Professor: Dr. Darrohn
07 October 2010
Spirituality in Nature
In the poem “Mont Blanc” by Percy Bysshe Shelley, there is a strong correlation conveyed between nature and spirituality. Although Shelley does not specifically mention any religious connotation, the words chosen in this poem could have more than one meaning. Perhaps Shelley purposely wrote “Mont Blanc” to have more than one meaning and has left it up to the reader to interpret and absorb this poem as it is suitable to him. I interpreted the poem to be about spirituality. I have found several connections in Shelley’s choice of words indicating spirituality in nature is possible, and it is up ...view middle of the document...
Another indication of spirituality is in the lines139-140 where Shelley writes, “The secret strength of things/Which governs thought”. I believe Shelley is inviting the reader to meditate to ponder life’s questions. Questions such as: What is the meaning of life? What is our purpose on earth? What is life after death? Or what is reality? There are many definitions to the word thought. Besides a traditional meaning of, “formation and arrangement of ideas in the mind”; the Oxford English Dictionary also states, “…with defining adjective: the ideas characteristic of thinkers of a particular type, school, religion, time, or place, or of a particular field of study; what is or has been thought by the philosophers, scholars, or students of a specified time, place, subject, etc.” (OED). This definition supports my theory of spirituality. Perhaps Shelley is provoking the reader to consider searching his inner depths of his mind; much like a philosopher does, to answer his life’s questions. Religion is also mentioned in the definition, further promoting the idea of spirituality.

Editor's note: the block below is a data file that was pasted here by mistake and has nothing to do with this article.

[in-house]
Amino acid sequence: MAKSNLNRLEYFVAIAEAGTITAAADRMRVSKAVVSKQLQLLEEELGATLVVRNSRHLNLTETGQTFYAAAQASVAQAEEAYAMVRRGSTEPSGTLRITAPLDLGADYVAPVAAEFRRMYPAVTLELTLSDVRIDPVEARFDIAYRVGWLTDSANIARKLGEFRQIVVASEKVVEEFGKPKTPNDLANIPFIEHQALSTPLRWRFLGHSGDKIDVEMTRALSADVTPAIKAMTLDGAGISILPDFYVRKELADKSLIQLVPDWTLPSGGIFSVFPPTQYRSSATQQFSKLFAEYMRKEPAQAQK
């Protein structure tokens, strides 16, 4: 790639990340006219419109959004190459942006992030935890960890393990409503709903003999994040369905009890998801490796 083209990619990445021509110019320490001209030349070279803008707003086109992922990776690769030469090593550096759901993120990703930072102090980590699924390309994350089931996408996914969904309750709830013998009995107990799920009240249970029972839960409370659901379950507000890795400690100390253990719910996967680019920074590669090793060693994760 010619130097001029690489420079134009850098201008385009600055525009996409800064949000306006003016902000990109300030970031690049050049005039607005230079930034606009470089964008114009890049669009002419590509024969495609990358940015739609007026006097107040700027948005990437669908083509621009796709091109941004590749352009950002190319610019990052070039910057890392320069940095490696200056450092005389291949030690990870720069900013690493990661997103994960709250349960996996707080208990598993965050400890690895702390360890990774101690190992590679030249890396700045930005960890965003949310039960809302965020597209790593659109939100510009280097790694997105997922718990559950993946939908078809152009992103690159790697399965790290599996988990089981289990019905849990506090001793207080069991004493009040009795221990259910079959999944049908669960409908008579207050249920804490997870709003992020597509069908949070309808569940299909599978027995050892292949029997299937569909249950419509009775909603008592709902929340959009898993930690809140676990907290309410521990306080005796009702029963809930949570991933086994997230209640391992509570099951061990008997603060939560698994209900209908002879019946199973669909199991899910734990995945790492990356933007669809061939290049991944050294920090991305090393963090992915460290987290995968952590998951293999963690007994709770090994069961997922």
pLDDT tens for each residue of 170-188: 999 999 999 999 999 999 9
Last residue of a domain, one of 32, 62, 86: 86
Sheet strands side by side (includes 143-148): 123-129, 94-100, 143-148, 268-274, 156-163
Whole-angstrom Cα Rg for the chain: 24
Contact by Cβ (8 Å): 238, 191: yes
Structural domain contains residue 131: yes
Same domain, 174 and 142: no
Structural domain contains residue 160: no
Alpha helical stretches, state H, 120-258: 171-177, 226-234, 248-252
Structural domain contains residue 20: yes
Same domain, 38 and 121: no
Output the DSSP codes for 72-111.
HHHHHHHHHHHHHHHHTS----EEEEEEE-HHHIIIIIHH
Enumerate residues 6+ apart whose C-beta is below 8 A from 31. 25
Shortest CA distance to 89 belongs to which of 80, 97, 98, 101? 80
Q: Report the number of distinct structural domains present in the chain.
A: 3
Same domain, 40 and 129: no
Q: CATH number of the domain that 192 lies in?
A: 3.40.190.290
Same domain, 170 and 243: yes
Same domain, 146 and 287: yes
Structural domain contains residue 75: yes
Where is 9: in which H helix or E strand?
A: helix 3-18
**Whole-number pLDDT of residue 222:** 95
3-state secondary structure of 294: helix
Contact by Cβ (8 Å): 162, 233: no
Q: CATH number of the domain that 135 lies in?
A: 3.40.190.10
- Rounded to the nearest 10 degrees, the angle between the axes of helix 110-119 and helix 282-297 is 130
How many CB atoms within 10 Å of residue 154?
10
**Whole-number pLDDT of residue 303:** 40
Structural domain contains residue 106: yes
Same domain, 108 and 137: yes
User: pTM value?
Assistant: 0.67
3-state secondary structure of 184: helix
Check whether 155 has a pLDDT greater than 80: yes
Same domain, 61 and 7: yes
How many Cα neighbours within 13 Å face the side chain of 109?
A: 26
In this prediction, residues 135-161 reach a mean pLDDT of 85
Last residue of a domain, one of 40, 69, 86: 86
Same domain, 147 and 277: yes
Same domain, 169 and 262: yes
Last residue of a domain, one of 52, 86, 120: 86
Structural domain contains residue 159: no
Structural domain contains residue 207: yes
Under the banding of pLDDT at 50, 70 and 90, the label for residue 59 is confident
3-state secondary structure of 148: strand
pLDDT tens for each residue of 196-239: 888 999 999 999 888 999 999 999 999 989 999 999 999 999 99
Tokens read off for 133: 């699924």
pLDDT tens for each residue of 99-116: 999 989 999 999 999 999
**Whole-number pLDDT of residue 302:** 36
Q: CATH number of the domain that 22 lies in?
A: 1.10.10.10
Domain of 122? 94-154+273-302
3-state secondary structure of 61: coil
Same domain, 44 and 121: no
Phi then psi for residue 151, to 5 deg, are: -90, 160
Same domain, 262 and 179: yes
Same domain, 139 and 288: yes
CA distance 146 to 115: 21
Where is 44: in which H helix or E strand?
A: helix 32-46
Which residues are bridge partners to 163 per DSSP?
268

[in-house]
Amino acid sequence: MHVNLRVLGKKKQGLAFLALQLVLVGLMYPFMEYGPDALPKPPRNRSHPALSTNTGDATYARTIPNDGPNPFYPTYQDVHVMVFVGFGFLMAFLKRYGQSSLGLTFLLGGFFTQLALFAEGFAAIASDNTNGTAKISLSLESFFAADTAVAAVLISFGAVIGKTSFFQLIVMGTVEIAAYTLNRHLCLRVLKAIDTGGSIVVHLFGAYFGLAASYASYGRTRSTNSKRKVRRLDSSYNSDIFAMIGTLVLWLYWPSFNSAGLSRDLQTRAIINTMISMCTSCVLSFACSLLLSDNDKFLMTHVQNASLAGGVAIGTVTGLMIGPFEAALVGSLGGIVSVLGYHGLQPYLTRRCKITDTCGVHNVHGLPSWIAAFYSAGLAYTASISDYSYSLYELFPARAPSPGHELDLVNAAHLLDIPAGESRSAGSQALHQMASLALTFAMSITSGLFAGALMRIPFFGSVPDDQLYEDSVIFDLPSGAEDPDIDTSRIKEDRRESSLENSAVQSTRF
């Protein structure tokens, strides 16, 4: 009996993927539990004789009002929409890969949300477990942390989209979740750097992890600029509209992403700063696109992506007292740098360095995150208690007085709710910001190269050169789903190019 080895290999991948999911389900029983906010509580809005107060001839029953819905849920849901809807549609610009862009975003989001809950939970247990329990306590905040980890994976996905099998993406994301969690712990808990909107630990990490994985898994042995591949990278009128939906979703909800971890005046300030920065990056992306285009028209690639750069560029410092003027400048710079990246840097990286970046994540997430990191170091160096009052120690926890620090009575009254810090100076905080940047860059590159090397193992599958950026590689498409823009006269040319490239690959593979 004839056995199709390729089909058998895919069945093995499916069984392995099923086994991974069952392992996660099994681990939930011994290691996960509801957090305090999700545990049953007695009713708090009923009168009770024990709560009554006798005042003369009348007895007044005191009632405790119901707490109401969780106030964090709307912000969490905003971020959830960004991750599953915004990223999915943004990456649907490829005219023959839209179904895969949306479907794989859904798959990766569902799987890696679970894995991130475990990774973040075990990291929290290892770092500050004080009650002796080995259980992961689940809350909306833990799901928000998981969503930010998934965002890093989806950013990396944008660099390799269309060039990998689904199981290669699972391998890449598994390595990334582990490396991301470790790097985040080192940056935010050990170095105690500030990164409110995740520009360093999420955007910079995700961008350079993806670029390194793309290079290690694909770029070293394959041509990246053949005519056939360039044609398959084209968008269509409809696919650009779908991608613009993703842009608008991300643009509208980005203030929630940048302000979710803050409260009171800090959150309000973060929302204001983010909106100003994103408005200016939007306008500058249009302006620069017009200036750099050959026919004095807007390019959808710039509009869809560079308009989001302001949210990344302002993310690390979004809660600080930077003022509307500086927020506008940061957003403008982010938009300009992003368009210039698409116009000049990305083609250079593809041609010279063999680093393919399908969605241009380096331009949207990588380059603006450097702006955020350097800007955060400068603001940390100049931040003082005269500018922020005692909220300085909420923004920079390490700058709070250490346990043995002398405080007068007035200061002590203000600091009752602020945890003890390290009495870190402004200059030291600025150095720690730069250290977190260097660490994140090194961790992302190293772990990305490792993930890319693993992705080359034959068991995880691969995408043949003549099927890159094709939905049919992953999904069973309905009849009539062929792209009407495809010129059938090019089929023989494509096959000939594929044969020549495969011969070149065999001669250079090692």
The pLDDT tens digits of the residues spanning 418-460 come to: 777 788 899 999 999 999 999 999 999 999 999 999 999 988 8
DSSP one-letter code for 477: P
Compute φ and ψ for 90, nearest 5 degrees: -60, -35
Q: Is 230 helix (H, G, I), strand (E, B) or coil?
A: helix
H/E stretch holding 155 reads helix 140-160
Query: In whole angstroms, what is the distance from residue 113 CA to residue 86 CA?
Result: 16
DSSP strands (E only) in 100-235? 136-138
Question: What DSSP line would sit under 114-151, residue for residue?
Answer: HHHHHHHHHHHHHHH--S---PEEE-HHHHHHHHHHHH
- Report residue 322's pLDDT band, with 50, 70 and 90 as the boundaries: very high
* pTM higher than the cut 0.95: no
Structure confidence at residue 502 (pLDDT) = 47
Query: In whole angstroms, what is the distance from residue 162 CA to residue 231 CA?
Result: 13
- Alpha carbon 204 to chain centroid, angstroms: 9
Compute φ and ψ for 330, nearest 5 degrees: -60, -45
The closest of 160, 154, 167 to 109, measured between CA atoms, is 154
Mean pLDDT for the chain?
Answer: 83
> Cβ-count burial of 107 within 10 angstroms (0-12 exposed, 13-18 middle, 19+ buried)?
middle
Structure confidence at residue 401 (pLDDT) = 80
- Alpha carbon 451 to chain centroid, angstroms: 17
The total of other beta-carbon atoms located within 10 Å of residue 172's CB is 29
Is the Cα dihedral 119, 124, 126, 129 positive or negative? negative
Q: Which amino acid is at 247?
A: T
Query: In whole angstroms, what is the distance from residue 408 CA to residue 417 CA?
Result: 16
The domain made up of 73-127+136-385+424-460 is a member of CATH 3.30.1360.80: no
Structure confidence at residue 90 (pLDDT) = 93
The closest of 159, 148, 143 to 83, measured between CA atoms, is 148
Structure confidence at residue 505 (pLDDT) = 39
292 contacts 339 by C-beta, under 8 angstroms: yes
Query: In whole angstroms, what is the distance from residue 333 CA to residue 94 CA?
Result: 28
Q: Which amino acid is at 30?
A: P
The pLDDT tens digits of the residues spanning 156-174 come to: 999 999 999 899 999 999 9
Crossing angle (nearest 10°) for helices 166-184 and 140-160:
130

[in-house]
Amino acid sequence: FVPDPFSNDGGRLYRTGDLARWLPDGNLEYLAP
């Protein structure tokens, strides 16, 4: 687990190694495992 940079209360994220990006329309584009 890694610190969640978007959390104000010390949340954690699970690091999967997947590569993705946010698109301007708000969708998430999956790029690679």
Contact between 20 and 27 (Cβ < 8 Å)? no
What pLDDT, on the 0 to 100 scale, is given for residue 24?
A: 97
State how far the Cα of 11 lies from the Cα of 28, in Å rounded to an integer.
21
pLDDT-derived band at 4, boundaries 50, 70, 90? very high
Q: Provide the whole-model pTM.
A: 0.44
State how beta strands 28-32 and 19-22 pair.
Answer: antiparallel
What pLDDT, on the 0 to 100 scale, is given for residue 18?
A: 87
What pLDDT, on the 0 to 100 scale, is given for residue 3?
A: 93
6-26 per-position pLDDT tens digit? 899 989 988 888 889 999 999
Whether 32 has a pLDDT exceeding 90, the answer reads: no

After the consideration of the word thought, the poetic line continues with, “and to the infinite dome/ Of heaven is as a law, inhabits thee!”(140-1). The word dome in the Oxford English Dictionary has a specific reference to this time frame with the definition as, “A cathedral church.” In addition, it is also defined as, “the convex rounded summit of a mountain…” This shows a relationship with church and nature, more specifically, spirituality and nature. More curiously, Shelley has chosen to rhyme dome with home from line 136. Could Shelley be suggesting that when someone finds his spirituality, he is home? Possibly finding peace, infinitely as the original line suggests.
Line 141 drives home the spirituality theory quite simply, “Of heaven is as law, inhabits thee!” I believe Shelley is saying all of mankind is capable spirituality. It resides in the deep recesses of our minds waiting to be discovered. This is evident when the speaker uses the words “inhabits thee”. A
man’s soul resides in his heart and mind, and he is competent of deeper thought. This indicates a person, regardless of his belief or the level of intelligence, is capable of accessing the deeper recesses of his mind to find his spirituality. Whether or not man...